Former Queens Park Rangers chief Neil Warnock insists he would have kept the club in the Premier League.
Warnock was sacked on Sunday by the West London club, who cited fears of relegation for his departure - with the club currently sat just one place above the drop-zone.
And Warnock feels the inexperience of club owner Tony Fernandez in football, played a part in him being sacked.
"While I accept the owner's decision, I do feel if there were more people at the club in positions of power with experience in the game they would have understood how well we have done in the circumstances," he said in his Independent column.
"They would've realised that once we brought in the players I had identified there would have been no problem securing a Premier League future.
"But no doubt the chairman has had a string of agents in touch telling them their man could do a better job.
"It looks like it might be Mark Hughes, though I heard around Christmas they were thinking of Zola and Wilkins. Will a new manager make a difference? Not as much as new players will. If you haven't got the players you can't win games, that's another fact of life in football management.
"I just wish I had the chance to bring in the ones I wanted, both in the summer, and this month."
Way of life
Warnock insists that he has no grudges about getting the sack, saying it is part of life as a football manager.
"Getting the sack is a fact of life in football management and I should know. I've now been fired by Burton Albion, Notts County, Plymouth Argyle, Oldham Athletic and Queen's Park Rangers," he said.
"They say it is a results business. It is, but only up to a point. At three of those clubs, including QPR, I'd won promotion.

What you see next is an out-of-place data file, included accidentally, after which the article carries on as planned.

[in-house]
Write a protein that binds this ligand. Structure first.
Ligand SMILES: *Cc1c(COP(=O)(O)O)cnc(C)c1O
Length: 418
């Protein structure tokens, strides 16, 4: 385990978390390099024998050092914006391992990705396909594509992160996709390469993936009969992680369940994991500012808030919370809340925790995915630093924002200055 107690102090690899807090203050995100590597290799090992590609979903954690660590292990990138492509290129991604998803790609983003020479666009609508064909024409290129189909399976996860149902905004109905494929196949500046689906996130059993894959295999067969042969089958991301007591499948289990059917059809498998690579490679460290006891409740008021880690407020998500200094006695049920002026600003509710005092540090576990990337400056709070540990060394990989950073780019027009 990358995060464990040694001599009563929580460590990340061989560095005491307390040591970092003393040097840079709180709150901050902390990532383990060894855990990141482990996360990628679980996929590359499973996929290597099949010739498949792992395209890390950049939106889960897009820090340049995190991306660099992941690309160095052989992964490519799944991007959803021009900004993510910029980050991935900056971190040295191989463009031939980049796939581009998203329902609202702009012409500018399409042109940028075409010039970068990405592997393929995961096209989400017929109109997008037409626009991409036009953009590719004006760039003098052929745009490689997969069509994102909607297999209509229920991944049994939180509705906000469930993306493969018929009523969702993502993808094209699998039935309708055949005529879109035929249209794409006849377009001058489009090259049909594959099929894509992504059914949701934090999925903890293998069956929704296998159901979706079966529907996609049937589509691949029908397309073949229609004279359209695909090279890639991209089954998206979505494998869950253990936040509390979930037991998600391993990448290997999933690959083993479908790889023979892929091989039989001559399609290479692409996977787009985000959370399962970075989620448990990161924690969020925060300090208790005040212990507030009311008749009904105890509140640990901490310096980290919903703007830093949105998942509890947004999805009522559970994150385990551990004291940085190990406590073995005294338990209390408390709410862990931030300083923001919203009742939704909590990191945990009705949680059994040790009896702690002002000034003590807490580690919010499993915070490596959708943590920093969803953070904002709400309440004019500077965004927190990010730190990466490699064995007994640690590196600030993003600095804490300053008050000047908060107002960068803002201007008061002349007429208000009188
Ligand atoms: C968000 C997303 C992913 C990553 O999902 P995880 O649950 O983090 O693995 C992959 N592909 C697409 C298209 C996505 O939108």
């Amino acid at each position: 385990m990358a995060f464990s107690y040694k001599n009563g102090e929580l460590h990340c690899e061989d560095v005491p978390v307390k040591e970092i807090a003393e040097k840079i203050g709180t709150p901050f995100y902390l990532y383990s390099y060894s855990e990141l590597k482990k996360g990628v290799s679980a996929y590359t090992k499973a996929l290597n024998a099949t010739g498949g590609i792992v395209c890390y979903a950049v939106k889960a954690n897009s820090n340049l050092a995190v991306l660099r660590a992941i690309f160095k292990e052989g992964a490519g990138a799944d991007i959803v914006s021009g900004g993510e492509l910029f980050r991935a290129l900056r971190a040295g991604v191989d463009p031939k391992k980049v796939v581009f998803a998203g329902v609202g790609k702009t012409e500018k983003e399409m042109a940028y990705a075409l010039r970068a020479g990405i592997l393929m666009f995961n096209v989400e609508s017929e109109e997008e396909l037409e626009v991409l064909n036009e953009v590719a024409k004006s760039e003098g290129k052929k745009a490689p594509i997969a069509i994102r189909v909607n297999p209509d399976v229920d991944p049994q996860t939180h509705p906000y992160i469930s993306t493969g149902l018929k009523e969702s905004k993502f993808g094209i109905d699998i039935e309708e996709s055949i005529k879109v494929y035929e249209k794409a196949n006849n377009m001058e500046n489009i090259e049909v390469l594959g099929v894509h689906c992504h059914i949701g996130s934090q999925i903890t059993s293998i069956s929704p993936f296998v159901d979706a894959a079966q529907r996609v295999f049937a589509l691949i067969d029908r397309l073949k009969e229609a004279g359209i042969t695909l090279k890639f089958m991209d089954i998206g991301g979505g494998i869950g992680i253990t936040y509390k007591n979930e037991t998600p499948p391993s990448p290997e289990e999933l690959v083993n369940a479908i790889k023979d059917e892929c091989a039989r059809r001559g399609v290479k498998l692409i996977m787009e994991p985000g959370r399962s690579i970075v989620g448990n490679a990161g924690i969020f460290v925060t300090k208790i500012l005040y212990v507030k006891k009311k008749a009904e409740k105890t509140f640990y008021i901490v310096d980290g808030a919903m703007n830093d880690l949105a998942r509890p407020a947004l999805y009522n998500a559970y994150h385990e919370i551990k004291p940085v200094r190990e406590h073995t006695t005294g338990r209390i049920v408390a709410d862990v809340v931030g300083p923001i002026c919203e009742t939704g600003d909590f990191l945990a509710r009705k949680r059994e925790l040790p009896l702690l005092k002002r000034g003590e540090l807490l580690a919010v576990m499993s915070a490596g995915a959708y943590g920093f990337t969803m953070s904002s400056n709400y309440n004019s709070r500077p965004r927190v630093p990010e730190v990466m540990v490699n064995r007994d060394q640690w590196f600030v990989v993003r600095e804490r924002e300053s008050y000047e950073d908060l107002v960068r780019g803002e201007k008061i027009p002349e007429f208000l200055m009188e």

"The problem with that is it raises expectations that a club isn't always geared up to meet.
"At QPR we probably went up a year too early. In March 2010, when I arrived, we were fighting relegation to League One. By May 2011 we were celebrating promotion to the Premier League after winning the Championship.
"Unfortunately, because of the uncertainty over the ownership, we were not able to get into in the transfer market early enough or well enough to build on that in the summer.
"The bulk of my squad is last year's team - several of them were in the side that nearly went down. When the new owners arrived in the third week of August they told me my remit was to get some players signed in a rush before the deadline, then get to the new year with QPR outside the bottom three. We could then bring in three or four players in the January window.
"I feel I have kept to that. We have not been in the bottom three all season. When I look at how managers at other clubs in the Premier League have been given unequivocal support by their board it is an understatement to say I am very disappointed.
"We knew we had a tough run of fixtures - we've played Manchester United, Liverpool, Arsenal in the last six matches - but there were winnable games coming up and I feel we had been playing well enough to win them. Look at our last three League matches.
"We played very well at Swansea, dominating the second half, held our own at Arsenal, and were leading Norwich. But you can't legislate for Shaun Wright Phillips giving the ball straight to Arshavin with half an hour left, or Joey Barton getting sent off.
"A few more points and we'd be mid-table, which is where I feel our football deserves us to be."